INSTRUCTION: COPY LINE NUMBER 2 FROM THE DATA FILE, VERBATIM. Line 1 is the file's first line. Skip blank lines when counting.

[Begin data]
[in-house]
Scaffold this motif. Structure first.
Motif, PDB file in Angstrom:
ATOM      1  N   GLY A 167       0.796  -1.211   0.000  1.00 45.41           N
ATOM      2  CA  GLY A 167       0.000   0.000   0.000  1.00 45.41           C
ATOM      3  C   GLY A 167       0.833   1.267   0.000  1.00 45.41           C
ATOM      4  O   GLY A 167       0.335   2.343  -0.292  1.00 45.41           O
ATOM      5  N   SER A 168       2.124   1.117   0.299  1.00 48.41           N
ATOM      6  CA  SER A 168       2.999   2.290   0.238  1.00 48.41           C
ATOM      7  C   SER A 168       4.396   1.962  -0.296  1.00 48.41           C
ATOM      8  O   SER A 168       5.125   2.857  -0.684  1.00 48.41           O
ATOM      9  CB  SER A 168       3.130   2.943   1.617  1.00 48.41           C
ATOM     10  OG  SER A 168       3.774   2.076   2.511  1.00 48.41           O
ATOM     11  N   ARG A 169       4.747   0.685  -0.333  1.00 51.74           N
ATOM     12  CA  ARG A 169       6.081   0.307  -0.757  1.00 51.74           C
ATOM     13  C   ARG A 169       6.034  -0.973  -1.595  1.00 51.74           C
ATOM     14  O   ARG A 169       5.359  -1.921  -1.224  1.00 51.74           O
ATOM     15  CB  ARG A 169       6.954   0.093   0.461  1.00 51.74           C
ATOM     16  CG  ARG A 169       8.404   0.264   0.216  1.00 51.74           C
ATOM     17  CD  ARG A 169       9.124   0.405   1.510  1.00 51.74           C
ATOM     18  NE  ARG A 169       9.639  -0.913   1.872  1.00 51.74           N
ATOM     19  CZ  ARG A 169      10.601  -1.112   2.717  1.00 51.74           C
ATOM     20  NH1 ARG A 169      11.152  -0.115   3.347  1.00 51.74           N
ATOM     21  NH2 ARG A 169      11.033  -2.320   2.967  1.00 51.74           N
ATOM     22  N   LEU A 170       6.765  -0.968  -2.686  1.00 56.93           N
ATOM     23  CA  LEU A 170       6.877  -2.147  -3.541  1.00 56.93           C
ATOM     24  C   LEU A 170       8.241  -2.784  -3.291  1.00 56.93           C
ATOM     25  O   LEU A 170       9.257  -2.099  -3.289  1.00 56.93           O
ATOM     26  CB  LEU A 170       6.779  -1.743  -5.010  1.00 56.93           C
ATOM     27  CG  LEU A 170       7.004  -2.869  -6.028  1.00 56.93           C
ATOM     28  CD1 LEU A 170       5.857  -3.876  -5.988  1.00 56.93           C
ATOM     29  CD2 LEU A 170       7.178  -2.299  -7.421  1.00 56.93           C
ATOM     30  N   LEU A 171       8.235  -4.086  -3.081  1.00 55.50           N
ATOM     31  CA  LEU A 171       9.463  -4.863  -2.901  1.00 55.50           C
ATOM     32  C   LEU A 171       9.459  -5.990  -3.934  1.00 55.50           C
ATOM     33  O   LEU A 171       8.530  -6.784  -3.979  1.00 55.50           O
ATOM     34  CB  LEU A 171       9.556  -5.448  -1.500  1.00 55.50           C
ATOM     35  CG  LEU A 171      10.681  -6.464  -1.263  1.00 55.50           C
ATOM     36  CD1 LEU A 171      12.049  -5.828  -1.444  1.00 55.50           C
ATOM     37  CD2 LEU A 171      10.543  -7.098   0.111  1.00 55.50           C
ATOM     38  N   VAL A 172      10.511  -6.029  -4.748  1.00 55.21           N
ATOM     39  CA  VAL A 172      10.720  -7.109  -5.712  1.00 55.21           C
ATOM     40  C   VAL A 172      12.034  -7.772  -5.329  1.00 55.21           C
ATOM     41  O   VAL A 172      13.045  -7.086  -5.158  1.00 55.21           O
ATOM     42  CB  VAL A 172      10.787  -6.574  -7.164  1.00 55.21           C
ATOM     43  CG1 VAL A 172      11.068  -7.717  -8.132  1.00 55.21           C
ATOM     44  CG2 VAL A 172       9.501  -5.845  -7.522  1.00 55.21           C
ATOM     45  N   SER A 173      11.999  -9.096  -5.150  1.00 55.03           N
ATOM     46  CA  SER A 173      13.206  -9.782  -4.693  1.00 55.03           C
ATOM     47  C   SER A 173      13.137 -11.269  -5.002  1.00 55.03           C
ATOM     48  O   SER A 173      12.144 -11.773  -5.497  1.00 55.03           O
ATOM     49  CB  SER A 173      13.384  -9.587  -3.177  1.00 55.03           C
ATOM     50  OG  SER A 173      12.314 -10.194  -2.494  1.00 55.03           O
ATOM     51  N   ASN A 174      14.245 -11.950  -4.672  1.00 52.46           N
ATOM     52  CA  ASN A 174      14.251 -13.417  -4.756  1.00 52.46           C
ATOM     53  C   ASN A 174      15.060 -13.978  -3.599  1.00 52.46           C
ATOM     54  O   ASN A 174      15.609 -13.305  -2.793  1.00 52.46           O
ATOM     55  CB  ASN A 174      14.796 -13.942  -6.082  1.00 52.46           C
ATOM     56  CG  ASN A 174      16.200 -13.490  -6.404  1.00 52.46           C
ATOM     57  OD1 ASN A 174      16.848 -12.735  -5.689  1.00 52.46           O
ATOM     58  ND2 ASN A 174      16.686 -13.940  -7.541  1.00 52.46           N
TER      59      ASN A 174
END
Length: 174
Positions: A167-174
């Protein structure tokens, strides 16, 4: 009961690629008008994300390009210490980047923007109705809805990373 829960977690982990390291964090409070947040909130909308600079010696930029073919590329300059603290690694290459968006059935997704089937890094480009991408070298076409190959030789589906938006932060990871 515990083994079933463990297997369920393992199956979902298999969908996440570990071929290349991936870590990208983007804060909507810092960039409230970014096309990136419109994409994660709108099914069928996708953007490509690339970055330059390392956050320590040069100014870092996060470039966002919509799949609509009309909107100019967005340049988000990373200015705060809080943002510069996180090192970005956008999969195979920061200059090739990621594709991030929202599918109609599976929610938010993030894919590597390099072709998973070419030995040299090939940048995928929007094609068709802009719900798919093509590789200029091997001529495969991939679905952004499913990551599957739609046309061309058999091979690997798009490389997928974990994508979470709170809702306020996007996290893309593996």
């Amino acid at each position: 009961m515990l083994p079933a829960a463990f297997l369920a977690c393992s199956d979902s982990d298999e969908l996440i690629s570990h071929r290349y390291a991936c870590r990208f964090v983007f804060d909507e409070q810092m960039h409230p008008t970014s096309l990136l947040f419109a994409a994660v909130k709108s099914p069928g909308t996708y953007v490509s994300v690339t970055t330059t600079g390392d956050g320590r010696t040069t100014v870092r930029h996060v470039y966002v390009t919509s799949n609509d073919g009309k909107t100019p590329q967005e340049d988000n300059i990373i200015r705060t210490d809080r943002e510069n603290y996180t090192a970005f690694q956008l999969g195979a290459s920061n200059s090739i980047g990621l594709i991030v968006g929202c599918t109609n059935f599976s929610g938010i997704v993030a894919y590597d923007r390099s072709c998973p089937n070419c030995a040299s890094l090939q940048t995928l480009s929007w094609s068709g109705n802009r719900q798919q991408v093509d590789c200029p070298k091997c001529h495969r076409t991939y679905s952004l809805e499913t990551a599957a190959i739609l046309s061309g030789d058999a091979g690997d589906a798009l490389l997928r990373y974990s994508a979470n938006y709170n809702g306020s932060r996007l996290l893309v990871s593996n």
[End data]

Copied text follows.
Scaffold this motif. Structure first.